Common usage of Bitmap Indexes is a data warehousing environment. This implies large amounts of data, high level of ad-hoc queries but a low level of concurrent DLM transactions.
Why to use?
- reduced response time
- reduced storage requirements compared to other indexing techniques
- efficient maintenance during parallel DML and load
Bitmap indexes are typically only a fraction of the size of the indexed data in the table.
How it works?
An index provides pointers to the rows in a table that contain a given key value. A regular index stores a list of rowids for each key corresponding to the rows with that key value. In a bitmap index, a bitmap for each key value replaces a list of rowids.
Each bit in the bitmap corresponds to a possible rowid, and if the bit is set, it means that the row with the corresponding rowid contains the key value. A mapping function converts the bit position to an actual rowid, so that the bitmap index provides the same functionality as a regular index. Bitmap indexes store the bitmaps in a compressed way. If the number of distinct key values is small, bitmap indexes compress better and the space saving benefit compared to a B-tree index becomes even better.
Best use case?
From my opinion, bitmaps are most effective on queries with multiple where clauses. As the bitmaps from bitmap indexes can be combined quickly, it is usually best to use single-column bitmap indexes. This is why the DW environment is the “home” for this type of indexing.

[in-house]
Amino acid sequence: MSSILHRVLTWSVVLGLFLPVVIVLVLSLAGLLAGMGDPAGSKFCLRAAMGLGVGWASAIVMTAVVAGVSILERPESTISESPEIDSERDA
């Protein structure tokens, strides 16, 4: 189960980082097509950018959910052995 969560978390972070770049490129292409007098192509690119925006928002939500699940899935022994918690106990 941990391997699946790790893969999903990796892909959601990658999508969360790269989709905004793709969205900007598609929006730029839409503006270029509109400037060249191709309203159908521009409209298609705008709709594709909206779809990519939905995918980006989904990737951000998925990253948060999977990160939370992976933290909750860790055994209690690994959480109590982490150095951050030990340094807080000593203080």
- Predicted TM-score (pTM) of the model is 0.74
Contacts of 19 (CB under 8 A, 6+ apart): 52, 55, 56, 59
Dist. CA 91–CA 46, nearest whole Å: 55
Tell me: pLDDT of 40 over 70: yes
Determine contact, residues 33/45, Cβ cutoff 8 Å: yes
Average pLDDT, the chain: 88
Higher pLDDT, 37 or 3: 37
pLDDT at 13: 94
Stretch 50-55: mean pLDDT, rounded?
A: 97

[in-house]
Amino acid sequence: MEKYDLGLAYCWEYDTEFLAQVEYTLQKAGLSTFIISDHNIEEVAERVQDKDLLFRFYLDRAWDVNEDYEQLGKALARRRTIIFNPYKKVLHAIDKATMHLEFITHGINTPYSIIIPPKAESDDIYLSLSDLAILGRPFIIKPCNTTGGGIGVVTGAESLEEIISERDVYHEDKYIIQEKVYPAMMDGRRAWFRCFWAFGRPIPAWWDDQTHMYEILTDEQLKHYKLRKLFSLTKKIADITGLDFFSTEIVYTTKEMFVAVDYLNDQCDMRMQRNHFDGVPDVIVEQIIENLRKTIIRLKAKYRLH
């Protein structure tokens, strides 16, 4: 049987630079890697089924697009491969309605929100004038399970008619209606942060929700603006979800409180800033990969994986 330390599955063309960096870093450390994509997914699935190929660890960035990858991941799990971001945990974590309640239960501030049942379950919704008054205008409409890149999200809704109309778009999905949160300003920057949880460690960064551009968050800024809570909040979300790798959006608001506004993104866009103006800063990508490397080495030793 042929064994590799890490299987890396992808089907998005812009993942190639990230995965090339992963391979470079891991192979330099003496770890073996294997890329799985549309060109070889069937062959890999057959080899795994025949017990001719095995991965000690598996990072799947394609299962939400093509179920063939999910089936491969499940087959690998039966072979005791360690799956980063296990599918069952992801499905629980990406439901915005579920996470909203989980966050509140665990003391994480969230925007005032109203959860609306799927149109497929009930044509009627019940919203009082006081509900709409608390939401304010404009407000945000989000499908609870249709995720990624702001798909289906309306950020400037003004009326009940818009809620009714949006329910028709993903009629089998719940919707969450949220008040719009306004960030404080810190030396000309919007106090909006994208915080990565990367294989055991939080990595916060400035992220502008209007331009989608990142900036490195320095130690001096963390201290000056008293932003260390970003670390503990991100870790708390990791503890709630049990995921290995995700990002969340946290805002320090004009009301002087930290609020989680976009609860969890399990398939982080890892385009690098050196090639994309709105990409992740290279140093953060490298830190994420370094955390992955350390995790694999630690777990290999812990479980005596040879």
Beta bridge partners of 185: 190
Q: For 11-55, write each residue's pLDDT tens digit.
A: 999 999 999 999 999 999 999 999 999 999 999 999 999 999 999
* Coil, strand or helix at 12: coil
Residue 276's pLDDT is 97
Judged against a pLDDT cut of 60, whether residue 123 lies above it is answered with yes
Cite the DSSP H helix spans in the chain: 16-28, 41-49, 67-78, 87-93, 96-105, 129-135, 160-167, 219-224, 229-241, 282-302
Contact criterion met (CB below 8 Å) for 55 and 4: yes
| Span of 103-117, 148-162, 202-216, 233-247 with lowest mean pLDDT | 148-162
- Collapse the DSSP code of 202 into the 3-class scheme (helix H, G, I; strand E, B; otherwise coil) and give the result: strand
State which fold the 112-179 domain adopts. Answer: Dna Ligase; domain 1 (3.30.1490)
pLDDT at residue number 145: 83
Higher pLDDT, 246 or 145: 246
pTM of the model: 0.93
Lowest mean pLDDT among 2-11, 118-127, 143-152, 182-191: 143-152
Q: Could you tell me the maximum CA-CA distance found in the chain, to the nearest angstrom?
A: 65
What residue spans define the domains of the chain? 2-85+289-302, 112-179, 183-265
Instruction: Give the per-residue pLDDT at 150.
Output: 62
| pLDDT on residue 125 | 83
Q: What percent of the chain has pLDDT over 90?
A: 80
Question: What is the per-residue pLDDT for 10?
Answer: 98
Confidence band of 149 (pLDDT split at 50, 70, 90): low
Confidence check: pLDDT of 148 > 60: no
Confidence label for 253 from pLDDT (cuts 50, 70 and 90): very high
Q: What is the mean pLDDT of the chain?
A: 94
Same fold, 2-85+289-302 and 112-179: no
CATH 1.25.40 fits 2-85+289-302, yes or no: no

Frequent use cases?
The advantage of bitmap indexes is higher on columns where degree of cardinality (number of distinct values for the indexed column versus the total number of rows in the table) is small. Columns like Status, gender are optimal examples.
However, the datawarehouse environments can also benefit from bitmaps on columns with higher cardinality. This is also mostly due to the combining of bitmaps for quick filtering.
This is due to the fact that AND and OR conditions in the where clause can we resolved faster by performing Boolean operations directly on the bitmaps before converting them to rowids for data retrieval.
Using this bitmap merge methodology, Oracle can provide sub-second response time when working against multiple low-cardinality columns.
Unlike most other indexing, bitmap indexes include rows that have the null values.
Bitmap and Partitioning
You can create bitmap indexes on partitioned tables but they must be local to the partitioned table—they cannot be global indexes.
create table test_tb ( row_id number , text varchar2(100) , status char(6)); create bitmap index test_bmpidx on test_tb(status);
On partitioned tables:
create table t2 (c1 char(3) not null , c2 date not null , c3 number , c4 varchar2(100)) partition by range(c2) interval (numtodsinterval (1,'day')) ( partition empty values less than (to_Date ('03-OCT-2016', 'dd-mon-yyyy')) ) ; create bitmap index test_bmpidx on test_tb(status);
You cannot create a bitmap join index on a temporary table.